Arch2: I moved up to the Classic after enjoying my Scout for a little over two years. Its arguably one of the best, if not best analogue buys in its price range. I agree with the positive comments in the other posts. The VPI Classic is a formidable turntable. IMO its better than some others Ive heard costing twice as much. The aluminum platter improves dynamics. Some say it sounds more alive without the ring, but that hasnt been my experience. I prefer the sound with the aluminum/steel combination to that of the acrylic platter. Like you, I preferred having an outboard motor, but Harry Weisfeld has done an incredible job keeping motor noise away from the cartridge with the Classic. The 10.5 tonearm with the stainless armtube also brings more stability and less distortion. Overall, the 65 lb. Classic makes for a more stable and quiet setup.
I'm using a DV XX2 MKII cart. with a K&K Audio maxxed out phono stage (same as the Art Audio Vinyl Reference) and couldn't be more pleased. It's a big jump up from the DV 20XL which I also have used. I prefer the DV XX2 to my Zu/Denon 103R that sounded very good on the Scout. I'm using the SDS, stainless clamp and VPI Periphery ring. Some say its difficult to tell any difference running the Classic with the SDS but IMO the sound is quieter and more open than without it, especially on records that are dished or bowled. In my system the Classic has a robust and impactful bass that sounds musical and natural, (one of its obvious strengths- no one-note bass here), excellent transparency and dynamics, dimensional soundstage, and a tonal balance and density that just sounds right. The scale of the sound is larger than with the Scout and especially convincing when playing orchestral music.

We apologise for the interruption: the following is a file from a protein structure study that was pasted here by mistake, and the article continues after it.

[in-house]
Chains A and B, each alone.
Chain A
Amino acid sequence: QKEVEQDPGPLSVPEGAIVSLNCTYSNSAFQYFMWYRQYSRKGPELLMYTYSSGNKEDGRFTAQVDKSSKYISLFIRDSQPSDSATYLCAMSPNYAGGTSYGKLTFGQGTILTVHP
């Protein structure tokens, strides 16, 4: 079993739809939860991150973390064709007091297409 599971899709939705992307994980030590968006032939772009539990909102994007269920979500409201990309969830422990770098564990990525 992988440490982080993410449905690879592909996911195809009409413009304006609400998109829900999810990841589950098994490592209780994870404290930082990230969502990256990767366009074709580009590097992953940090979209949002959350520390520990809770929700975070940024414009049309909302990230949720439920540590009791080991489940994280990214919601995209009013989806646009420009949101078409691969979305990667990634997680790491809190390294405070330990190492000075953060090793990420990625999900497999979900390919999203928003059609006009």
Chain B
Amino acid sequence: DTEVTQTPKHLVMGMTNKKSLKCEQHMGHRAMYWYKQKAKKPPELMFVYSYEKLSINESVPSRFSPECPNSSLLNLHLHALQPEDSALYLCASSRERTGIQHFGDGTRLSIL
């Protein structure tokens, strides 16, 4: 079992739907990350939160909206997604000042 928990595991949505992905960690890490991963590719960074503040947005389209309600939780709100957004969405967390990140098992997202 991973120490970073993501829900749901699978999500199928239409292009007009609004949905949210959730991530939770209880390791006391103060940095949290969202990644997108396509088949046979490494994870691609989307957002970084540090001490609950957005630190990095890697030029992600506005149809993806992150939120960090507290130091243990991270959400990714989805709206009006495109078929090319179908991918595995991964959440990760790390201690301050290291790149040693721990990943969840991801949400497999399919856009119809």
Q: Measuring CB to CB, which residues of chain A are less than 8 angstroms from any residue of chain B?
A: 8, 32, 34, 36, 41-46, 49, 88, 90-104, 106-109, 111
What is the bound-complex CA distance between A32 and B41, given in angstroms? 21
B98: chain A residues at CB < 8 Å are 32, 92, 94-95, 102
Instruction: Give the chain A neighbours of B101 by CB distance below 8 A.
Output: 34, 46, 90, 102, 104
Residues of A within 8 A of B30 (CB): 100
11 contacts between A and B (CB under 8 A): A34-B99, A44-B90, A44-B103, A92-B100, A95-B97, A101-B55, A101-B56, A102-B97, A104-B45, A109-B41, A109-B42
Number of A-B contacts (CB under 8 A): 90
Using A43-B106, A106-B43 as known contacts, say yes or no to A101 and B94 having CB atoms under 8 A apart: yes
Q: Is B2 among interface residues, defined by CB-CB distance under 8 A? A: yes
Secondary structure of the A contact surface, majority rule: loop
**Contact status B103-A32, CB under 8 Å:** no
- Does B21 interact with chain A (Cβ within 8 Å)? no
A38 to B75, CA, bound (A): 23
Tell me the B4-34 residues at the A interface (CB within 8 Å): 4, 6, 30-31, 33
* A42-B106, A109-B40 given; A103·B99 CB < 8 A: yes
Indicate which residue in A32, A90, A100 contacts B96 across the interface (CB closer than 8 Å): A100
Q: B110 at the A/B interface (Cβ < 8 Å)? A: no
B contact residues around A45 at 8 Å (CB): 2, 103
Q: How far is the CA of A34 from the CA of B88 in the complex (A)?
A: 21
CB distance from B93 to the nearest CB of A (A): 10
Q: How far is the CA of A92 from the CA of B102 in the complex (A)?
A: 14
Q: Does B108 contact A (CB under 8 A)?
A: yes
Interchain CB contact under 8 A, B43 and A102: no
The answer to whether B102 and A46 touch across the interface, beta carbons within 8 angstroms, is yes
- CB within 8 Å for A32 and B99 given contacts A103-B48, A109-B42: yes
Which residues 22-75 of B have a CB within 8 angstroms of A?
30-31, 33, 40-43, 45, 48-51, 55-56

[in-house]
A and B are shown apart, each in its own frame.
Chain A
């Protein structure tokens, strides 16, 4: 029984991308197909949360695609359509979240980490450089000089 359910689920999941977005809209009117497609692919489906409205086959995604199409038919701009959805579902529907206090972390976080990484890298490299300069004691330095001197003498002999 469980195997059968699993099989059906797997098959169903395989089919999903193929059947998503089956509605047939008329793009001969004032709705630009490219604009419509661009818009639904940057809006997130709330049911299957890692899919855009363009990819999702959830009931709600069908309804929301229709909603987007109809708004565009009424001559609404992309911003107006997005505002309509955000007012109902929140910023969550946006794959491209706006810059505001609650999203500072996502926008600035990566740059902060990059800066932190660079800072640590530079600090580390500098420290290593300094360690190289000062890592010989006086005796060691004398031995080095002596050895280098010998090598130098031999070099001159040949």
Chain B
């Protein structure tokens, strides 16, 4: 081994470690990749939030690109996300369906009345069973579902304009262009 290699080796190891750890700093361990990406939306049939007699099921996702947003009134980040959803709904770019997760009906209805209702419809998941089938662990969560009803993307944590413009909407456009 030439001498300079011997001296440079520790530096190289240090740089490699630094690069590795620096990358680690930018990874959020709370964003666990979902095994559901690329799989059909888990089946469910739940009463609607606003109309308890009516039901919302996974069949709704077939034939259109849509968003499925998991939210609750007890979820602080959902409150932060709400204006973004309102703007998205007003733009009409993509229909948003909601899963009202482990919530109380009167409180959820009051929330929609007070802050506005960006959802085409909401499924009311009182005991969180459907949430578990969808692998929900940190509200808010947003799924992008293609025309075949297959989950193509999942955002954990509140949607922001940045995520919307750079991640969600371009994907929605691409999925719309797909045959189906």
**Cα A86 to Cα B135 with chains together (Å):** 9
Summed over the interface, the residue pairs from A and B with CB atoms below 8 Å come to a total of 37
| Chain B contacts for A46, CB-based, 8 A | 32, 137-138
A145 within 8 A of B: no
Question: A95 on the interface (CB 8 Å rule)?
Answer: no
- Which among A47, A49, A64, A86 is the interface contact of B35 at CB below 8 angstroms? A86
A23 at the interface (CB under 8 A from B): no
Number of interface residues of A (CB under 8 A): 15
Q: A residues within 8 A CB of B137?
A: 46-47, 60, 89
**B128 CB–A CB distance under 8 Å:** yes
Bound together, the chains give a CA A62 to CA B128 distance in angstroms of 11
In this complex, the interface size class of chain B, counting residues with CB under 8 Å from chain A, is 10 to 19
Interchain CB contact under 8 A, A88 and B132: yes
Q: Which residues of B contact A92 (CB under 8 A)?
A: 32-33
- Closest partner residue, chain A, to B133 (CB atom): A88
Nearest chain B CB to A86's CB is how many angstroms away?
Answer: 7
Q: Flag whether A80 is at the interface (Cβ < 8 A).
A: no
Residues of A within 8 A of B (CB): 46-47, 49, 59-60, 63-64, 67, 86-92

You seem to have tweaked your Scout successfully. But, I agree with Islandmandan, youll get even better results with a better cartridge than the DV 20XL and with a better phono stage. Not too long after I bought the Scout, I moved up to my current phono stage. It made a huge difference in the sound. While tweaking the Scout, a definite improvement came after I replaced the stock cone feet 4 Aurios MIBs that supported the Scout while resting on an Arcici Airhead platform. I also upgraded the motor, added the VPI SDS, VPI stainless clamp and TTWeights periphery ring. All of these upgrades together took the Scout to level of performance I considered to be near its limits. But, in hindsight, I wouldnt recommend this path since its not cost effective. IMO its I recommend selling the Scout and going right to the Classic. Its a better turntable than the Scout and with the right cartridge and phono stage it could be your last one.
Besides moving up to a better phono stage, I suggest you take a good look at the new VPI Zephyr. Ive heard the Soundsmith Sussurro ($5k) in a system I know well that belongs to a friend. When I walked into his listening room I could tell the sound had changed. What I heard was so impressive in all musically meaningful ways it had me wondering what had happened. At first I thought it was some modification to the phono stage, but it was the Sussurro. My friend had been using a Benz LP cartridge. By comparison, the Sussurro was impressive in every way important to convey the information embedded in the grooves and the emotion in the music. Its the best cartridge Ive ever heard. I spoke with Peter Ledermann of Soundsmith who designed the Sussurro and Zephyr MI. He provided a compelling explanation of how he designed the Zephyr especially for the VPI unipivot arm on the Classic. Also, he described the trickle down technology and benefits he built into the Zephyr that are derived from the Sussurro. As much as I like the DV XX2 Mk II, if the Zephyr is as good as Im led to believe, I need to hear one in my system.
Good luck and enjoy the music!